The New Cambridge History of India
The New Cambridge History of India is a major multi-volume work of historical scholarship published by Cambridge University Press. It replaced The Cambridge History of India published between 1922 and 1937.
The new history is being published as a series of individual works by single authors and, unlike the original, does not form a connected narrative. Also unlike the original, it only covers the period since the fourteenth century. The whole has been planned over four parts:
The Mughals and their ContemporariesEdit
- Pearson, M. N. (1987). The Portuguese in India. p. 198.
- Stein, Burton (1989). Vijaynagar. p. 167.
- Beach, Milo Cleveland (1992). Mughal and Rajput Painting. p. 336.
- Asher, Catherine B. (1992). Architecture of Mughal India. p. 386.
- Richards, John F. (1995). The Mughal Empire. p. 337.
- Michell, George (1995). Architecture and Art of Southern India: Vijayanagara and the Successor States 1350-1750. p. 316.
- Michell, George; Zebrowski, Mark (1999). Architecture and Art of the Deccan Sultanate. p. 328.
- Eaton, Richard M. (2005). A Social History of the Deccan, 1300-1761 Eight Indian Lives. p. 236.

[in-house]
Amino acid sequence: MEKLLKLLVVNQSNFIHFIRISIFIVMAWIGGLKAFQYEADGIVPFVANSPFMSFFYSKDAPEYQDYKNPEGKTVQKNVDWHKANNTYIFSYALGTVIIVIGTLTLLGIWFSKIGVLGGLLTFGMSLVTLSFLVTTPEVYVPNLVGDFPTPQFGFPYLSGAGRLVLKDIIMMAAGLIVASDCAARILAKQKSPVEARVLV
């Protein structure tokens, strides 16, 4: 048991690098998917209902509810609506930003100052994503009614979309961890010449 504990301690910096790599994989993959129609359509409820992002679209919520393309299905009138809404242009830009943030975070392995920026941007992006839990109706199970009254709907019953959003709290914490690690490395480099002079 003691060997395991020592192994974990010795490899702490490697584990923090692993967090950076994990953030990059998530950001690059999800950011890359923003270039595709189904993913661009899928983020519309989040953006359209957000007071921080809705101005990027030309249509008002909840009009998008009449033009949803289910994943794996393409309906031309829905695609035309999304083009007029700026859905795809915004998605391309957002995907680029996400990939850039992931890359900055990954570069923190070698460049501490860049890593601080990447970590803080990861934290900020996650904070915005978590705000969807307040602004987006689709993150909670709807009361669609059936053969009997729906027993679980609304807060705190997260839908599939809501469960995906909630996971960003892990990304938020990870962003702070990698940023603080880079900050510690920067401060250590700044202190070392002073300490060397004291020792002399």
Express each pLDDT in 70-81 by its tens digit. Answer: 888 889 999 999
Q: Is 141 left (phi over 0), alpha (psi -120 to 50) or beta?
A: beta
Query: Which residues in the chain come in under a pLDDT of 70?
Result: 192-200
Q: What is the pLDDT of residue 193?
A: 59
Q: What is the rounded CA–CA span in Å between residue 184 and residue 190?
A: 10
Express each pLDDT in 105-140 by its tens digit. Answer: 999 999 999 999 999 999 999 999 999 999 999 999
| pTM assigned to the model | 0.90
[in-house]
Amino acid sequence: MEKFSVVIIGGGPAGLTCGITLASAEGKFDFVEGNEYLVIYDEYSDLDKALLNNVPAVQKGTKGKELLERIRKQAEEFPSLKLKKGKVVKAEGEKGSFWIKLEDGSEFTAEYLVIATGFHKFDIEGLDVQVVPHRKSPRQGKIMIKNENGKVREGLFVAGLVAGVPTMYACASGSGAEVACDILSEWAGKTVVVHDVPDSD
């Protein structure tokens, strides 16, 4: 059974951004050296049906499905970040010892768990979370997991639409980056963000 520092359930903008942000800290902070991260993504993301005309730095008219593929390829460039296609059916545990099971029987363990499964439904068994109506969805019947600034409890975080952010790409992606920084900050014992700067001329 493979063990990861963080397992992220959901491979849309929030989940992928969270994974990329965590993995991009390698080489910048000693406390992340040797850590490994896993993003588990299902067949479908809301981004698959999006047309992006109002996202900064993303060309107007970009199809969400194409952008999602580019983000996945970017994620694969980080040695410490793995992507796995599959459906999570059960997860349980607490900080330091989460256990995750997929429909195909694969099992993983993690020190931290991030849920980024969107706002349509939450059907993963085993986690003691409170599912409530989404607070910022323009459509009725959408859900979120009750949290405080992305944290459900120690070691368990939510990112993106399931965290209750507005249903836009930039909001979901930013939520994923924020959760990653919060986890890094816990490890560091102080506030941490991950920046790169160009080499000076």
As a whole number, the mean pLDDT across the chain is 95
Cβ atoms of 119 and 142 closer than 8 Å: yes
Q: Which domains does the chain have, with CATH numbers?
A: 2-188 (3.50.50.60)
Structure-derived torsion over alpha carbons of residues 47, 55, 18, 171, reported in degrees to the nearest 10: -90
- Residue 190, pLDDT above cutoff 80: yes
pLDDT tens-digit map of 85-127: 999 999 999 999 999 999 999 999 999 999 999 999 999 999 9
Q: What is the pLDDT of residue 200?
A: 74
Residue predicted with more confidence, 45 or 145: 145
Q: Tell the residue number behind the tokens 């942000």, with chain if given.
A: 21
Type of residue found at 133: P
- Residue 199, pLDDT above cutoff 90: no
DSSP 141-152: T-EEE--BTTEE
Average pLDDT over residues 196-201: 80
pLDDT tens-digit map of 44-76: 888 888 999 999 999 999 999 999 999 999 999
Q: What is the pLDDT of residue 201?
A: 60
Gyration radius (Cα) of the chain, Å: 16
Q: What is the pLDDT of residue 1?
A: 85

Indian States and the Transition to ColonialismEdit
- Bayly, Christopher Alan (1988). Indian society and the making of the British Empire. p. 225.
- Marshall, P. J. (1987). Bengal: The British Bridgehead. Eastern India 1740-1828. p. 204.
- Grewal, J. S. (1990). The Sikhs of the Punjab. p. 293.
- Gordon, Stewart (1993). The Marathas 1600-1818. p. 211.
- Prakash, Om (1998). European commercial enterprise in pre-colonial India. p. 383.
The Indian Empire and the Beginnings of Modern SocietyEdit
- Jones, Kenneth W. (1989). Socio-religious reform movements in British India. p. 246.
- Bose, Sugata (1993). Peasant Labour and Colonial Capital: Rural Bengal since 1770. p. 212.
- Tomlinson, B. R. (1993). The Economy of Modern India, 1860-1970. p. 249.
- Second edition:Tomlinson, B. R. (2013). The Economy of Modern India: From 1860 to the Twenty-First Century.
- Metcalf, Thomas R. (1995). Ideologies of the Raj. p. 252.
- Arnold, David (2000). Science, Technology and Medicine in Colonial India. p. 248.
- Ramusack, Barbara N. (2004). The Indian Princes and Their States. p. 299.